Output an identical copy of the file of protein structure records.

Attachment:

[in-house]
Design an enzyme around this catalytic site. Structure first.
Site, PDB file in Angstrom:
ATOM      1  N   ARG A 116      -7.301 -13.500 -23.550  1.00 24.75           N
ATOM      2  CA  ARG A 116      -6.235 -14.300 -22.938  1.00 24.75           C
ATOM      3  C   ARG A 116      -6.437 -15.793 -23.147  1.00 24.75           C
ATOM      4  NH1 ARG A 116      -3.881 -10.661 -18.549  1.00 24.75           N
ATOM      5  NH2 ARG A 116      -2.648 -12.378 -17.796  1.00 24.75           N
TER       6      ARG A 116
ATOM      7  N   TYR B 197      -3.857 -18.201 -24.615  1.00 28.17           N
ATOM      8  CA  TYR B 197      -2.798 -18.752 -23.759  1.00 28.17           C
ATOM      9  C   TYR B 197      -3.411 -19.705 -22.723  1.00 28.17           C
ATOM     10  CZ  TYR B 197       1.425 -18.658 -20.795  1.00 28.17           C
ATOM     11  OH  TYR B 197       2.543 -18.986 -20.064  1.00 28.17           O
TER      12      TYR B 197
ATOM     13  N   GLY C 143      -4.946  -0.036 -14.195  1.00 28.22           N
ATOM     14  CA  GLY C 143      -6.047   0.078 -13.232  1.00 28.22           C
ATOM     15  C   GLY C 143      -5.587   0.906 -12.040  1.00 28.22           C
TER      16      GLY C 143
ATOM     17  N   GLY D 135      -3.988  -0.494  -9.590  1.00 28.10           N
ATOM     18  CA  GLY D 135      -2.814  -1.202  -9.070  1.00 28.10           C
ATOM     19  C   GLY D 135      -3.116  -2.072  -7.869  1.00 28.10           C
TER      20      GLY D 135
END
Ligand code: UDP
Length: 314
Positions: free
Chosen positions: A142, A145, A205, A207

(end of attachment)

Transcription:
[in-house]
Design an enzyme around this catalytic site. Structure first.
Site, PDB file in Angstrom:
ATOM      1  N   ARG A 116      -7.301 -13.500 -23.550  1.00 24.75           N
ATOM      2  CA  ARG A 116      -6.235 -14.300 -22.938  1.00 24.75           C
ATOM      3  C   ARG A 116      -6.437 -15.793 -23.147  1.00 24.75           C
ATOM      4  NH1 ARG A 116      -3.881 -10.661 -18.549  1.00 24.75           N
ATOM      5  NH2 ARG A 116      -2.648 -12.378 -17.796  1.00 24.75           N
TER       6      ARG A 116
ATOM      7  N   TYR B 197      -3.857 -18.201 -24.615  1.00 28.17           N
ATOM      8  CA  TYR B 197      -2.798 -18.752 -23.759  1.00 28.17           C
ATOM      9  C   TYR B 197      -3.411 -19.705 -22.723  1.00 28.17           C
ATOM     10  CZ  TYR B 197       1.425 -18.658 -20.795  1.00 28.17           C
ATOM     11  OH  TYR B 197       2.543 -18.986 -20.064  1.00 28.17           O
TER      12      TYR B 197
ATOM     13  N   GLY C 143      -4.946  -0.036 -14.195  1.00 28.22           N
ATOM     14  CA  GLY C 143      -6.047   0.078 -13.232  1.00 28.22           C
ATOM     15  C   GLY C 143      -5.587   0.906 -12.040  1.00 28.22           C
TER      16      GLY C 143
ATOM     17  N   GLY D 135      -3.988  -0.494  -9.590  1.00 28.10           N
ATOM     18  CA  GLY D 135      -2.814  -1.202  -9.070  1.00 28.10           C
ATOM     19  C   GLY D 135      -3.116  -2.072  -7.869  1.00 28.10           C
TER      20      GLY D 135
END
Ligand code: UDP
Length: 314
Positions: free
Chosen positions: A142, A145, A205, A207